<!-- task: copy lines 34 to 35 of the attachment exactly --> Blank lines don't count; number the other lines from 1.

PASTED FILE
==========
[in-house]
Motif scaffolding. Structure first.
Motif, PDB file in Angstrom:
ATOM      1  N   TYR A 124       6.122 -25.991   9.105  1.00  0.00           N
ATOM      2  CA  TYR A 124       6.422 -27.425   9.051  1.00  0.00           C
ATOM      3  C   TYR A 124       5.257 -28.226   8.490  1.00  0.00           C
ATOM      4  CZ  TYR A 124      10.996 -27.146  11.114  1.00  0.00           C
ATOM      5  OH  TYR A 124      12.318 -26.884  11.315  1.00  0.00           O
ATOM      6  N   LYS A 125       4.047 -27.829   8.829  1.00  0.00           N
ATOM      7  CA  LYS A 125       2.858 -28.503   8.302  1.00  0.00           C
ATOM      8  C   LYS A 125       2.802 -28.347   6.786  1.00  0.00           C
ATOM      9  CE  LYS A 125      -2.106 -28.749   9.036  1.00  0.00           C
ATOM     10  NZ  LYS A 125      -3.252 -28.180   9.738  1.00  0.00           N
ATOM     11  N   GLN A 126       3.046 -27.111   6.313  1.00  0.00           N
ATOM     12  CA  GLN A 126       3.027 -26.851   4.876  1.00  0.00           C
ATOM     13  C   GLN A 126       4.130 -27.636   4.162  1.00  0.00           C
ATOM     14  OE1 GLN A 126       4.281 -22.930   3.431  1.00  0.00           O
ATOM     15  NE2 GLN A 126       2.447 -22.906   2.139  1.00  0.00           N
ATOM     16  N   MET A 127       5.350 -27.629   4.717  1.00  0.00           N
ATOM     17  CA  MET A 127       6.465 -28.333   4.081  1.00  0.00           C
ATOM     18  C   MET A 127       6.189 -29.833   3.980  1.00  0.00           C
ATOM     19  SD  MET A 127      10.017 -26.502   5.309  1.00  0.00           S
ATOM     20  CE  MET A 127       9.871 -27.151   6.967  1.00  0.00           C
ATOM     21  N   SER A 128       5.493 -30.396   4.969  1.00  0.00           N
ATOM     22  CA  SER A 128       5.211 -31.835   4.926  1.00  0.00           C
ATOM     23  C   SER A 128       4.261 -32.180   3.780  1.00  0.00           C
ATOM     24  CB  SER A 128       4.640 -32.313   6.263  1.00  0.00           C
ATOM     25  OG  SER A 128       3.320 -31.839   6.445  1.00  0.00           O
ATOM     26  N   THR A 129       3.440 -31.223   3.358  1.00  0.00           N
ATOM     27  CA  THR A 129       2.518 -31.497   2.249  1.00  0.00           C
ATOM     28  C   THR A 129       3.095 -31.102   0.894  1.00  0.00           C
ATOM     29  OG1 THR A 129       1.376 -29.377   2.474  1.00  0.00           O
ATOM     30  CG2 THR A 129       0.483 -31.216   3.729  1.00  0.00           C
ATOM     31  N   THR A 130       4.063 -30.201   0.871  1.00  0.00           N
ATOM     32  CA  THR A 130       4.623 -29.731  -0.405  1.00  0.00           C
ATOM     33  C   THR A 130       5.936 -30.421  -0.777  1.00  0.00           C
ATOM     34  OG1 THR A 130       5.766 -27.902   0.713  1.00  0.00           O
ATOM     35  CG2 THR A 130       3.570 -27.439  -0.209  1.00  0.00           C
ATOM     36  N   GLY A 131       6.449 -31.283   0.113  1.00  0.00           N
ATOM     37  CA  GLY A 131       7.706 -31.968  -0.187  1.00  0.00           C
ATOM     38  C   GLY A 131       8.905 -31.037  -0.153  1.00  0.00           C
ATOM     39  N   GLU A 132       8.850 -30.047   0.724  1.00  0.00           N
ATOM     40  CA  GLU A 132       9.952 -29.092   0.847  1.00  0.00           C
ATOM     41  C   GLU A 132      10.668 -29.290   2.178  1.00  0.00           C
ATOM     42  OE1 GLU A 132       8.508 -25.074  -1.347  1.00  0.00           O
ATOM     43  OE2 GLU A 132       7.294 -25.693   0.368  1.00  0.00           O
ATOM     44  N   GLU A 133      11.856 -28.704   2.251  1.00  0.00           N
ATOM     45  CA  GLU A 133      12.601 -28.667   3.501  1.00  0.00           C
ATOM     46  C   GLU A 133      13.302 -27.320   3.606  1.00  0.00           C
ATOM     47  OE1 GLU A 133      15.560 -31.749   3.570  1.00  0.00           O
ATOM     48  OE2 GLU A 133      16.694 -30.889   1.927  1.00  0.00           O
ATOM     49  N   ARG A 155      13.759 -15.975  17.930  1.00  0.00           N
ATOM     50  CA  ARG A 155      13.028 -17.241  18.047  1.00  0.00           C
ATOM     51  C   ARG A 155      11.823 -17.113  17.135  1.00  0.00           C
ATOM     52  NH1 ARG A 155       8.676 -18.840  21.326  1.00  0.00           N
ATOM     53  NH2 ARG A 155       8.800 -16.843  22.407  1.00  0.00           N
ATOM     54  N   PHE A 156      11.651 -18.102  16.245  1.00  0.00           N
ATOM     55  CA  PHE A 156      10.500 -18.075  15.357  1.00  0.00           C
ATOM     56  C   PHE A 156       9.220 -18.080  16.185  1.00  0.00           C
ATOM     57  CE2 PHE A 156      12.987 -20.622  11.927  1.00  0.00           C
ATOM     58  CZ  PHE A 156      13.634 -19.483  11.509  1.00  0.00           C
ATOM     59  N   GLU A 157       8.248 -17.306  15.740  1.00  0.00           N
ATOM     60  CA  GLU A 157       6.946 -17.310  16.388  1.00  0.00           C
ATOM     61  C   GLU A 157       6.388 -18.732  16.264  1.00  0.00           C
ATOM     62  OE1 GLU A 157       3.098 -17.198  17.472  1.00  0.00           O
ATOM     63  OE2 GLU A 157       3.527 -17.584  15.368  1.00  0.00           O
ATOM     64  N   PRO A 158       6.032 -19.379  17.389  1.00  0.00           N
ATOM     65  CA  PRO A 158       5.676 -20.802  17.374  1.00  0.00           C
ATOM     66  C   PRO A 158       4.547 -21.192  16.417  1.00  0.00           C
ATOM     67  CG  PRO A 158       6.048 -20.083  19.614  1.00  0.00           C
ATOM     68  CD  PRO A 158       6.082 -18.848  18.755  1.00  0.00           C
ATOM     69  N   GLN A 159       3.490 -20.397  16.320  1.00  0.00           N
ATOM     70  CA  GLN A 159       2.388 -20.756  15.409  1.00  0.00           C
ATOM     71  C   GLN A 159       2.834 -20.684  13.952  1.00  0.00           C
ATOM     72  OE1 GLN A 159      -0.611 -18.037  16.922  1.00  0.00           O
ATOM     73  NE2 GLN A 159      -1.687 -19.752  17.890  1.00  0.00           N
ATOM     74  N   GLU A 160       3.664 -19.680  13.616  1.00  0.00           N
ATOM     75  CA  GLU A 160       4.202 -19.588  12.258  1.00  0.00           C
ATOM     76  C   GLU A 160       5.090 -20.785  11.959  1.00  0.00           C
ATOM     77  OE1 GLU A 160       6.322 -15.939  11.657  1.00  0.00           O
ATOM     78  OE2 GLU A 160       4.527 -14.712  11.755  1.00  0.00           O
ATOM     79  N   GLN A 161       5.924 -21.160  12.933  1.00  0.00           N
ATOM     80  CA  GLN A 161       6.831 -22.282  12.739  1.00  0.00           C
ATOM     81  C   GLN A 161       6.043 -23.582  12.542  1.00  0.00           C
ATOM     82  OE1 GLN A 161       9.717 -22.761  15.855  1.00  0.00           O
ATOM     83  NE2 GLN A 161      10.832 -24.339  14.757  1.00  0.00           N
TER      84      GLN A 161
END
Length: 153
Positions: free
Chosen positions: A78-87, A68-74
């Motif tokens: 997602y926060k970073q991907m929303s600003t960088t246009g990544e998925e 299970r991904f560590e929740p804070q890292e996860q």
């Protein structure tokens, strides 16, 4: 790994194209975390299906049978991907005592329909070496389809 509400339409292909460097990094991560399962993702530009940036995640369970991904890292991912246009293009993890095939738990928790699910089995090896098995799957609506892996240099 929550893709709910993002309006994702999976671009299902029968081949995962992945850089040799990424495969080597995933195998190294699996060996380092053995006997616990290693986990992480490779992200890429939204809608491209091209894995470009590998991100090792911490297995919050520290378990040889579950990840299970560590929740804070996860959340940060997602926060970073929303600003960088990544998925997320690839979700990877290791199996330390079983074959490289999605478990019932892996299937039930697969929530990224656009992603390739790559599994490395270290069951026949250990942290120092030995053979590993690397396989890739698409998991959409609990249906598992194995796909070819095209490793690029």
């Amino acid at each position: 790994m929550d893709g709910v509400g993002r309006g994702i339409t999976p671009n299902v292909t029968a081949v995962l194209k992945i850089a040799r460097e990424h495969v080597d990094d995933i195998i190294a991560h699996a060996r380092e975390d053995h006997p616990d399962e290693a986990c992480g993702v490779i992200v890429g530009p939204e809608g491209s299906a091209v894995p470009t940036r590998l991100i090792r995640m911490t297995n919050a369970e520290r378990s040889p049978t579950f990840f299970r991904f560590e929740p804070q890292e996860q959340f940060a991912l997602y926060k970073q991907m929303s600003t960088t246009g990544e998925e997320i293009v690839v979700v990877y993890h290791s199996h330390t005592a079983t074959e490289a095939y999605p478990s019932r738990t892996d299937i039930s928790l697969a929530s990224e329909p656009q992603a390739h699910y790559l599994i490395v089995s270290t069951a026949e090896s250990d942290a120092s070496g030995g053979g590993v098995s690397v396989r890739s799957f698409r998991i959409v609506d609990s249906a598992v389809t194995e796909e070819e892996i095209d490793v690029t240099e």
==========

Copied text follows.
ATOM     31  N   THR A 130       4.063 -30.201   0.871  1.00  0.00           N
ATOM     32  CA  THR A 130       4.623 -29.731  -0.405  1.00  0.00           C